Thank you God!

There is a wonderful moment in Notting Hill when Rhys Ifans discovers Julia Roberts in the bath.

First he makes a hasty exit, then goes back “just checking” and finally – wait for it – he clasps his hands and says: “Thank you God!”

I said the same – although it  was over the jib halyard, which – without a stopper knot in the end – would have disappeared into the mast. It was bad enough that I was having to replace a perfectly good halyard because I had been obliged to cut the old one (embarrassing story – see below) but if the end were to disappear into the little slot in the side of the mast then I would have to climb to the top to reeve a new one.

Nothing wrong with climbing the mast – I have an ingenious gadget for that very purpose. It’s just that if I make any more work for myself through stupid mistakes, I shall start wondering whether this was such a good idea after all.

I suppose I shouldn’t be surprised, after all it’s 20 years since I have had a boat – and more than 25 since I’ve done any singlehanded sailing in a proper boat. I suppose I thought it would all come back – after all I managed to sail half way round the country last year…

But time after time, I seem to be doing something stupid – and apart from the extra work putting it all right, this is getting expensive.

Take last night, for instance. Last night I had to pay a marina fee when I should have been anchored down the river for nothing – only coming alongside in two days time to take the mainsail to be mended (see last post).

Well, how’s this for stupidity: It started out as routine maintenance… topping up the engine oil. This is something I did countless times with Largo. It’s easy enough, you just open the cap on the top of the engine and pour it in.

Although, of course, this isn’t Largo is it? Largo had a seawater-cooled Bukh engine. Samsara has a freshwater cooled Nanni – which means there are two filler caps on the top of the engine – so which one do you think I poured the oil into?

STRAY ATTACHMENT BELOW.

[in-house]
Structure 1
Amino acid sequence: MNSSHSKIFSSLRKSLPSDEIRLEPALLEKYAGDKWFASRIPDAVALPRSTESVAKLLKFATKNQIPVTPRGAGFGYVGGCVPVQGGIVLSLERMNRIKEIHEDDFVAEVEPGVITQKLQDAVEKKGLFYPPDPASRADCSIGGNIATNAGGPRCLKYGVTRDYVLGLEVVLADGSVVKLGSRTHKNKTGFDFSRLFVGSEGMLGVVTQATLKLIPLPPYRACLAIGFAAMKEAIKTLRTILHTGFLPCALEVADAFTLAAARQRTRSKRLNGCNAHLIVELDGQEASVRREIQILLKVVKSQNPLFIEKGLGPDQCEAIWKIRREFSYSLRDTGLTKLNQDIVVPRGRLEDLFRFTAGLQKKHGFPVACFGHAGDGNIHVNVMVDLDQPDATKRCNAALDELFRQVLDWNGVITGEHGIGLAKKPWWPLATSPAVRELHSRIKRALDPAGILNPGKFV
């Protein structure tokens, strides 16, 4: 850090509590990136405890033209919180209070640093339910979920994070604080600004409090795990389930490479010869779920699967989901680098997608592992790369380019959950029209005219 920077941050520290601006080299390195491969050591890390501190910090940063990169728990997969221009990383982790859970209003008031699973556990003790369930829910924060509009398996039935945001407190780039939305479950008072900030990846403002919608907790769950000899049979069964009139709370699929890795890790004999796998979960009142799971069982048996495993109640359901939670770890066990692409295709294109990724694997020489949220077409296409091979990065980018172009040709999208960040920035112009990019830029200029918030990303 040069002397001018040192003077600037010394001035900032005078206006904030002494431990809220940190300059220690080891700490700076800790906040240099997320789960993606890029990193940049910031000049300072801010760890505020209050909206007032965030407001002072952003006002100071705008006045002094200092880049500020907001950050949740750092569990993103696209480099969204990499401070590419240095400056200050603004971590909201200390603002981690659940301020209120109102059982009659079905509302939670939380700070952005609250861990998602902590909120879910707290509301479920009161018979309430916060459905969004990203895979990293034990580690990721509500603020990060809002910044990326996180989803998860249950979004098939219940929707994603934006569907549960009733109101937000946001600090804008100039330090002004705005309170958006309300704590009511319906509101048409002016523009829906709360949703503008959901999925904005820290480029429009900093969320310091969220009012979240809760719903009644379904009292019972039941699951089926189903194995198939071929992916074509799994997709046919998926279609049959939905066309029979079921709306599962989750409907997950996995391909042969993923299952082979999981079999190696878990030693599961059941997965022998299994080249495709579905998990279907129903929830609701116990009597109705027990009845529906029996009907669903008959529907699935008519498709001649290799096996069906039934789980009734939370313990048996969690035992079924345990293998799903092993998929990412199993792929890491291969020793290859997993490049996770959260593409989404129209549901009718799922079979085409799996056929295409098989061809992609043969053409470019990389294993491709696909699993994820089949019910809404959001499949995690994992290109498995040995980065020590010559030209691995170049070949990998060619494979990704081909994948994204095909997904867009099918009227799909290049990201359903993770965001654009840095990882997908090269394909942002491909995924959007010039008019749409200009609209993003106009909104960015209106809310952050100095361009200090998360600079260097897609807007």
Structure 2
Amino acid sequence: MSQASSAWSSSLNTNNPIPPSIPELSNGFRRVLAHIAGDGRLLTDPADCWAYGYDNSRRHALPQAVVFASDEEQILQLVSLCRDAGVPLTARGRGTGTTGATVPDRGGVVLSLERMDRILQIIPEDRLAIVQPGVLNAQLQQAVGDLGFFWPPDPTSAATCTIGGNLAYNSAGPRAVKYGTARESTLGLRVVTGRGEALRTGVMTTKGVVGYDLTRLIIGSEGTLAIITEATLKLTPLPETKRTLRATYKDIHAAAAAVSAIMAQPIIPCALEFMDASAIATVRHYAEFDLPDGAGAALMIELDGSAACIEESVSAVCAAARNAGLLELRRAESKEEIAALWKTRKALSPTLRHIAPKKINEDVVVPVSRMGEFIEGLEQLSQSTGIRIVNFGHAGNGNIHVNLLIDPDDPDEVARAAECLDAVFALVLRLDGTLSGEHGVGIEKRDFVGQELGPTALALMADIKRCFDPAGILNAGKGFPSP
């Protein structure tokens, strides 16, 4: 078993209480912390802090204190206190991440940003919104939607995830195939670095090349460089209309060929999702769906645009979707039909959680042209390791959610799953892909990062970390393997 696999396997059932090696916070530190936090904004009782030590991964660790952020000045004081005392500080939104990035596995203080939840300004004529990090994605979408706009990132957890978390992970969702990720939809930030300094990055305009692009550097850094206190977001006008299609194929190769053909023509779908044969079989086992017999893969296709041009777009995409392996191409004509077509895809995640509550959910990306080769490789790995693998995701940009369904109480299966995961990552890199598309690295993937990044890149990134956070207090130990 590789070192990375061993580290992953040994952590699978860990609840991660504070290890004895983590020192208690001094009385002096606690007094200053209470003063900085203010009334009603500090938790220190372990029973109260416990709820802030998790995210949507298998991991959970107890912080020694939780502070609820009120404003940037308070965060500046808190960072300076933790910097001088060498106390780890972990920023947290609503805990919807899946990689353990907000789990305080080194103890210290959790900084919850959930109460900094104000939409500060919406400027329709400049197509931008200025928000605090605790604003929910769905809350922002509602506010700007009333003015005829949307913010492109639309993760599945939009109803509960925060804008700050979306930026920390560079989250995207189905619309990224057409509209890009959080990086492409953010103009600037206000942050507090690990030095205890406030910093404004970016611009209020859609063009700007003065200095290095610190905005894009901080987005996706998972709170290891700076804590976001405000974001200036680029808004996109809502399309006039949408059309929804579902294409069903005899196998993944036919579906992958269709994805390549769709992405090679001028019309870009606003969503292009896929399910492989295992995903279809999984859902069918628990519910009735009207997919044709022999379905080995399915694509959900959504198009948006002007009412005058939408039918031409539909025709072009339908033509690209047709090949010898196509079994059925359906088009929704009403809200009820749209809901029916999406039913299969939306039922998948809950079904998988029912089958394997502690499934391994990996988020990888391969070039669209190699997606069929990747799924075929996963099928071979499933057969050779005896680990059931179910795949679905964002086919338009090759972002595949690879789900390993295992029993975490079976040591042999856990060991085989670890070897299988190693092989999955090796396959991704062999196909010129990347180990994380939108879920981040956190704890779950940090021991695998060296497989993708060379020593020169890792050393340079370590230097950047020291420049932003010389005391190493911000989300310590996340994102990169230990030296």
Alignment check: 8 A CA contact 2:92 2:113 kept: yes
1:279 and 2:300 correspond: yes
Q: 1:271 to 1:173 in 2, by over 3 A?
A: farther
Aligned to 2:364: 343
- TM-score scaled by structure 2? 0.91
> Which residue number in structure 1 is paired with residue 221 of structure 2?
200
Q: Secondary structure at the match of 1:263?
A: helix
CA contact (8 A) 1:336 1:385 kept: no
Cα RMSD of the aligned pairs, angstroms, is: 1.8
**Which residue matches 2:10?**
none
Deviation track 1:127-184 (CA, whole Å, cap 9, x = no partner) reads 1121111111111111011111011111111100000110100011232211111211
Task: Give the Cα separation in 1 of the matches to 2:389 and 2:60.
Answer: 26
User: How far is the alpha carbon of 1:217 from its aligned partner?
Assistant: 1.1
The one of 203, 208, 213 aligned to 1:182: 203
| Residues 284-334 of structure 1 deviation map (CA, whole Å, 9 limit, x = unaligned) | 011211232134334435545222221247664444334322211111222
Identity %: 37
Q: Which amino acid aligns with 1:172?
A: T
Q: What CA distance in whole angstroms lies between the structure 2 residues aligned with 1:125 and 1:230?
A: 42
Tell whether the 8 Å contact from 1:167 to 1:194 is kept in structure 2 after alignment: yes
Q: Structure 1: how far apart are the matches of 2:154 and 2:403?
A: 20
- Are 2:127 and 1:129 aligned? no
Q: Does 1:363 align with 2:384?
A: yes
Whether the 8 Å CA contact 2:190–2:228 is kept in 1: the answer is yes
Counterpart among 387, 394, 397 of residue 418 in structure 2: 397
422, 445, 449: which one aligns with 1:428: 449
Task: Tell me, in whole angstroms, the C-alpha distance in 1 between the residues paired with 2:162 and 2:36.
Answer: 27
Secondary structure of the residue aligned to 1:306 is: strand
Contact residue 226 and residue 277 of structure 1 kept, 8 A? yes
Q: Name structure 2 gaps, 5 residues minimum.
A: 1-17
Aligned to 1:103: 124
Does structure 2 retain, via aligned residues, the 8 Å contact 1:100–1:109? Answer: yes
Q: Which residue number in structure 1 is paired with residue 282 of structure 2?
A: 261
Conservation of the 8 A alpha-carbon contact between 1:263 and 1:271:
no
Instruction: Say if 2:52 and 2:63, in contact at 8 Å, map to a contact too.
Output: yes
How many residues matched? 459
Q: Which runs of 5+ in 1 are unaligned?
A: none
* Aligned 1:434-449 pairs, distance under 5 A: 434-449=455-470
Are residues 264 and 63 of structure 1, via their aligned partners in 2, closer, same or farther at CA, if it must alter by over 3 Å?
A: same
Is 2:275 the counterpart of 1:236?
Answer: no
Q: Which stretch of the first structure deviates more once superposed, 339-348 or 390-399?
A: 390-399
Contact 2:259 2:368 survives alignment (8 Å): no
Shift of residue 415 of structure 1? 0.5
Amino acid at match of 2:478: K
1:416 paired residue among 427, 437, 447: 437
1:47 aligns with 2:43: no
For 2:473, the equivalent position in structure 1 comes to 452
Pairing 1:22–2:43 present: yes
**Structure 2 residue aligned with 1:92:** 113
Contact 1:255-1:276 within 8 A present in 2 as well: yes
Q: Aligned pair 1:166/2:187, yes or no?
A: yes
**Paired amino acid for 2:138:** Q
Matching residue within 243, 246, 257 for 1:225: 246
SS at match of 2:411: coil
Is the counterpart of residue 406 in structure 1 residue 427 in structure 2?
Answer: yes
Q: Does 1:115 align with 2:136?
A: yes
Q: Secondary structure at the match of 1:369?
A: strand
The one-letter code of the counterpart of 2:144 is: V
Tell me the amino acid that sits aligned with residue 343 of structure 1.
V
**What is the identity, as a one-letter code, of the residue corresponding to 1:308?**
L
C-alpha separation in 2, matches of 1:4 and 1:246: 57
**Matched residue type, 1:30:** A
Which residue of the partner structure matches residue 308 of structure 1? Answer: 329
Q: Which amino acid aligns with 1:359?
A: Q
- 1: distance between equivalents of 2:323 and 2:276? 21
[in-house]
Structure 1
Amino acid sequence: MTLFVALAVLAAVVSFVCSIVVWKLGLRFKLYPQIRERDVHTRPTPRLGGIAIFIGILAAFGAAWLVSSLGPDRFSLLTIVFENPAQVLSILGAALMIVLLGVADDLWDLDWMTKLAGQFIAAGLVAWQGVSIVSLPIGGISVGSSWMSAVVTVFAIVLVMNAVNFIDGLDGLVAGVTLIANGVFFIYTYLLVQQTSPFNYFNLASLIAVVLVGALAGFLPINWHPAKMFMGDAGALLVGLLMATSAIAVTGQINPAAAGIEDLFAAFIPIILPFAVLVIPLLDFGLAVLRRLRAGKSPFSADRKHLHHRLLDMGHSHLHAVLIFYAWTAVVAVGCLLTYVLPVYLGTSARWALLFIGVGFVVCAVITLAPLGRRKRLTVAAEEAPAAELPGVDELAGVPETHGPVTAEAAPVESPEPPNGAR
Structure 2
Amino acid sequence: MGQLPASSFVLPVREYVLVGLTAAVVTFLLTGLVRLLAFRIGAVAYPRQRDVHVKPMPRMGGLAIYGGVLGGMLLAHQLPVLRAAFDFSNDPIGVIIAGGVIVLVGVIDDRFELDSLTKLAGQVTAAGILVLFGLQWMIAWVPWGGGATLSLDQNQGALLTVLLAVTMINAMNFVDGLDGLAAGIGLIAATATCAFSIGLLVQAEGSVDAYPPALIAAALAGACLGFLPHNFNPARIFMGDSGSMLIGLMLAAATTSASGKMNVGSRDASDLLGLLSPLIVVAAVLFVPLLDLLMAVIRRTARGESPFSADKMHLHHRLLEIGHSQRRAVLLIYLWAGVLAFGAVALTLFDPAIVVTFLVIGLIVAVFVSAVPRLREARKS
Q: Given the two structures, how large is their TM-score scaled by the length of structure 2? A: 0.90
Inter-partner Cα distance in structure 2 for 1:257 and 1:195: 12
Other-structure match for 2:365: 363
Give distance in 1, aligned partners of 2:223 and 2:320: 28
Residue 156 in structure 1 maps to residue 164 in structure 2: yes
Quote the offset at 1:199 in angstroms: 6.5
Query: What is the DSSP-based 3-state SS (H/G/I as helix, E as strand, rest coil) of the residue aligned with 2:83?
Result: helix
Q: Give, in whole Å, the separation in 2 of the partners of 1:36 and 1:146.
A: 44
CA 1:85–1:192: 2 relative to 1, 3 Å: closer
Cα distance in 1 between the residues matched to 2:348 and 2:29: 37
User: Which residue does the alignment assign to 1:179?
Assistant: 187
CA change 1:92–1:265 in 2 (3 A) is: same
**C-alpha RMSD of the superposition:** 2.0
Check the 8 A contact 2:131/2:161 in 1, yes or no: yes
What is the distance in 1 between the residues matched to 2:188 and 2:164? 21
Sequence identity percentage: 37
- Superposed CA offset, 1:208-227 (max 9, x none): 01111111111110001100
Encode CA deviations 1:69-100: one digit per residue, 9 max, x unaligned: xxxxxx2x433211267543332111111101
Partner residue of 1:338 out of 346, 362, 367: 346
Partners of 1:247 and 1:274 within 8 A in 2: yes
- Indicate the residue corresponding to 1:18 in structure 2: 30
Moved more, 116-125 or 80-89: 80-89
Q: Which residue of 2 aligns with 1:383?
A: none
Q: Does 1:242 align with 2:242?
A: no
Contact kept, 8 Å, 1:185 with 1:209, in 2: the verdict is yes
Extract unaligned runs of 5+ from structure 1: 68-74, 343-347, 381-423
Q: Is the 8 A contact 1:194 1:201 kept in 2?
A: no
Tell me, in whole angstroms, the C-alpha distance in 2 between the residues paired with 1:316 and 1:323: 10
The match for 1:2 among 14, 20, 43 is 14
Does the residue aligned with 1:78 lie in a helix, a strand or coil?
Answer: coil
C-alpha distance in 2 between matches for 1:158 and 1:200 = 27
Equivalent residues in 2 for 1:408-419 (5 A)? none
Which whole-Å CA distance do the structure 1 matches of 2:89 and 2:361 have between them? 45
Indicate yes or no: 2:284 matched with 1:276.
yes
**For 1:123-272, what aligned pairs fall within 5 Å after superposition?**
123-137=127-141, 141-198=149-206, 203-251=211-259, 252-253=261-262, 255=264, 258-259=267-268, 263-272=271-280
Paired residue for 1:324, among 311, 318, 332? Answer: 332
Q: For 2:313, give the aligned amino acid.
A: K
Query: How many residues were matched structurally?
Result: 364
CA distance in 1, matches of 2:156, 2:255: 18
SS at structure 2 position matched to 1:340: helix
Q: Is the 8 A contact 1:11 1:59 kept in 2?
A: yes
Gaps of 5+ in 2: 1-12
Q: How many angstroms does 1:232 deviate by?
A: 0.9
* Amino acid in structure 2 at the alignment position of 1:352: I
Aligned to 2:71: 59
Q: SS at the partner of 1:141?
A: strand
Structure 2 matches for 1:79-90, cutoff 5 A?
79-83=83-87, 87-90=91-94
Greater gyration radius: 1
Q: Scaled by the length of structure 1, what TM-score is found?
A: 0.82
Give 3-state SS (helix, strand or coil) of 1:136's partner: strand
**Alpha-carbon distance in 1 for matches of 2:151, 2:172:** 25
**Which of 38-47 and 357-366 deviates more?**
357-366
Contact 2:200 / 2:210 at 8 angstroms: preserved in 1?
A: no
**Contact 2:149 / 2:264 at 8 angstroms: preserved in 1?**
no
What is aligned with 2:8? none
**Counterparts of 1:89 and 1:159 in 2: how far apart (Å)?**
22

I mean, there was only a 50:50 chance of getting it wrong, so do you think I got it wrong? Of course I got it wrong. I shouldn’t beat myself up too much: I do know of a man who poured screen wash into the engine of his Audi R8 (Audi were really decent and gave him a new engine under the guarantee).

Of course, to begin with, I didn’t know I’d done anything wrong. I just couldn’t understand why the level on the dipstick hadn’t risen – so I added some more oil … and then some more … until it spilled over the top.

It was at this point the penny dropped. “Oh, no…Oh what have I done…” etc. etc…

Now the panic sets in and rational thought goes out of the window. The first thing to do is get the oil out of the cooling system. Fortunately, being oil, it is floating on the top. I find a length of hose. I put one end into the cooling system and suck on the other. I get a mouthful of oil. I spit it out. Half a pint pours into the bilges (would have been better to make the time to find a bucket). The oil stops flowing. I try again. This time I get a mouth full of coolant. Good; that seems to be all the oil…

It is maybe half an hour later, when I have topped up the oil correctly and run the engine, that I begin to think about this more slowly: I just had a mouthful of engine coolant. I spat it out but I can still taste it. What is in engine coolant? Anti-freeze. Isn’t anti-freeze supposed to be poisonous?